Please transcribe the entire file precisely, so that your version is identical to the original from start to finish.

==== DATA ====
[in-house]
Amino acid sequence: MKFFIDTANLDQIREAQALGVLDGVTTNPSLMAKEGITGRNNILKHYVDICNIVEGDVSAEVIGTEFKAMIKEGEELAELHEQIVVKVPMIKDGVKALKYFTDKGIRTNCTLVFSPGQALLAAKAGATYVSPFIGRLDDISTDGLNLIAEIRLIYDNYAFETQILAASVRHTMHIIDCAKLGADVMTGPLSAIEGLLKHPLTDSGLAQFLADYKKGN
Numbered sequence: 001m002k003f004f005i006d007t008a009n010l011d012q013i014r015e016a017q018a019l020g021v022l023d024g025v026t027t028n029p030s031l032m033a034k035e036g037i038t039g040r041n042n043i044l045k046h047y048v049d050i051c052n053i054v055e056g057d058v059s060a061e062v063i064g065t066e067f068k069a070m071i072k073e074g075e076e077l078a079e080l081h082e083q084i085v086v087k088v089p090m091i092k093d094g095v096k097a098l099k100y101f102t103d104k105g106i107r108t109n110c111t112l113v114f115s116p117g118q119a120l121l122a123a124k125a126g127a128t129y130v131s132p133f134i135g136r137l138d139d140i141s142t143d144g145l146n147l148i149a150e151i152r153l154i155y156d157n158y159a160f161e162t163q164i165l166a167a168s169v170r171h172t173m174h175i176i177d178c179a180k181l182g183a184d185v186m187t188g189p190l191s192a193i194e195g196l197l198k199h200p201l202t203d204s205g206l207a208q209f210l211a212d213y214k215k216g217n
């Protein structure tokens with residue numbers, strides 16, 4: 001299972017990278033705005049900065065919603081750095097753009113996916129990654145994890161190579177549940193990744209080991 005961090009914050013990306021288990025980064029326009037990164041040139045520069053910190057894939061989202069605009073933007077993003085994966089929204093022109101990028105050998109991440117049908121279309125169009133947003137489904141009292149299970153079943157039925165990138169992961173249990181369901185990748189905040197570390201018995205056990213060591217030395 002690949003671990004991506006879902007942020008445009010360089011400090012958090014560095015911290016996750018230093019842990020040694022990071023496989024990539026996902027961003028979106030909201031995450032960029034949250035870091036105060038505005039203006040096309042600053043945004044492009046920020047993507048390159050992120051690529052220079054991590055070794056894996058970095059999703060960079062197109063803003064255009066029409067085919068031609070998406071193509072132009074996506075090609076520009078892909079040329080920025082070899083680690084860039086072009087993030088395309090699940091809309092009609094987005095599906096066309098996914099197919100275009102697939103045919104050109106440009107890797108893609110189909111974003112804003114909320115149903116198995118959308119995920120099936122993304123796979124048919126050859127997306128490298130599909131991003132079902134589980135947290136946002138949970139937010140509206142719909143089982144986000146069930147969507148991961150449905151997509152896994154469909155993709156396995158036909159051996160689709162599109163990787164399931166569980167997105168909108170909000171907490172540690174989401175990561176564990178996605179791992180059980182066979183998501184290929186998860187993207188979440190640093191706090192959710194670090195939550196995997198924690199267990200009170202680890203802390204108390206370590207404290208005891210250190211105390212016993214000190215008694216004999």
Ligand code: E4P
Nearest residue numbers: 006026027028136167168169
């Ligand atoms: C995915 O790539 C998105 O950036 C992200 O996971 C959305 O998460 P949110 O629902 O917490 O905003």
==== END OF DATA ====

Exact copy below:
[in-house]
Amino acid sequence: MKFFIDTANLDQIREAQALGVLDGVTTNPSLMAKEGITGRNNILKHYVDICNIVEGDVSAEVIGTEFKAMIKEGEELAELHEQIVVKVPMIKDGVKALKYFTDKGIRTNCTLVFSPGQALLAAKAGATYVSPFIGRLDDISTDGLNLIAEIRLIYDNYAFETQILAASVRHTMHIIDCAKLGADVMTGPLSAIEGLLKHPLTDSGLAQFLADYKKGN
Numbered sequence: 001m002k003f004f005i006d007t008a009n010l011d012q013i014r015e016a017q018a019l020g021v022l023d024g025v026t027t028n029p030s031l032m033a034k035e036g037i038t039g040r041n042n043i044l045k046h047y048v049d050i051c052n053i054v055e056g057d058v059s060a061e062v063i064g065t066e067f068k069a070m071i072k073e074g075e076e077l078a079e080l081h082e083q084i085v086v087k088v089p090m091i092k093d094g095v096k097a098l099k100y101f102t103d104k105g106i107r108t109n110c111t112l113v114f115s116p117g118q119a120l121l122a123a124k125a126g127a128t129y130v131s132p133f134i135g136r137l138d139d140i141s142t143d144g145l146n147l148i149a150e151i152r153l154i155y156d157n158y159a160f161e162t163q164i165l166a167a168s169v170r171h172t173m174h175i176i177d178c179a180k181l182g183a184d185v186m187t188g189p190l191s192a193i194e195g196l197l198k199h200p201l202t203d204s205g206l207a208q209f210l211a212d213y214k215k216g217n
């Protein structure tokens with residue numbers, strides 16, 4: 001299972017990278033705005049900065065919603081750095097753009113996916129990654145994890161190579177549940193990744209080991 005961090009914050013990306021288990025980064029326009037990164041040139045520069053910190057894939061989202069605009073933007077993003085994966089929204093022109101990028105050998109991440117049908121279309125169009133947003137489904141009292149299970153079943157039925165990138169992961173249990181369901185990748189905040197570390201018995205056990213060591217030395 002690949003671990004991506006879902007942020008445009010360089011400090012958090014560095015911290016996750018230093019842990020040694022990071023496989024990539026996902027961003028979106030909201031995450032960029034949250035870091036105060038505005039203006040096309042600053043945004044492009046920020047993507048390159050992120051690529052220079054991590055070794056894996058970095059999703060960079062197109063803003064255009066029409067085919068031609070998406071193509072132009074996506075090609076520009078892909079040329080920025082070899083680690084860039086072009087993030088395309090699940091809309092009609094987005095599906096066309098996914099197919100275009102697939103045919104050109106440009107890797108893609110189909111974003112804003114909320115149903116198995118959308119995920120099936122993304123796979124048919126050859127997306128490298130599909131991003132079902134589980135947290136946002138949970139937010140509206142719909143089982144986000146069930147969507148991961150449905151997509152896994154469909155993709156396995158036909159051996160689709162599109163990787164399931166569980167997105168909108170909000171907490172540690174989401175990561176564990178996605179791992180059980182066979183998501184290929186998860187993207188979440190640093191706090192959710194670090195939550196995997198924690199267990200009170202680890203802390204108390206370590207404290208005891210250190211105390212016993214000190215008694216004999």
Ligand code: E4P
Nearest residue numbers: 006026027028136167168169
């Ligand atoms: C995915 O790539 C998105 O950036 C992200 O996971 C959305 O998460 P949110 O629902 O917490 O905003």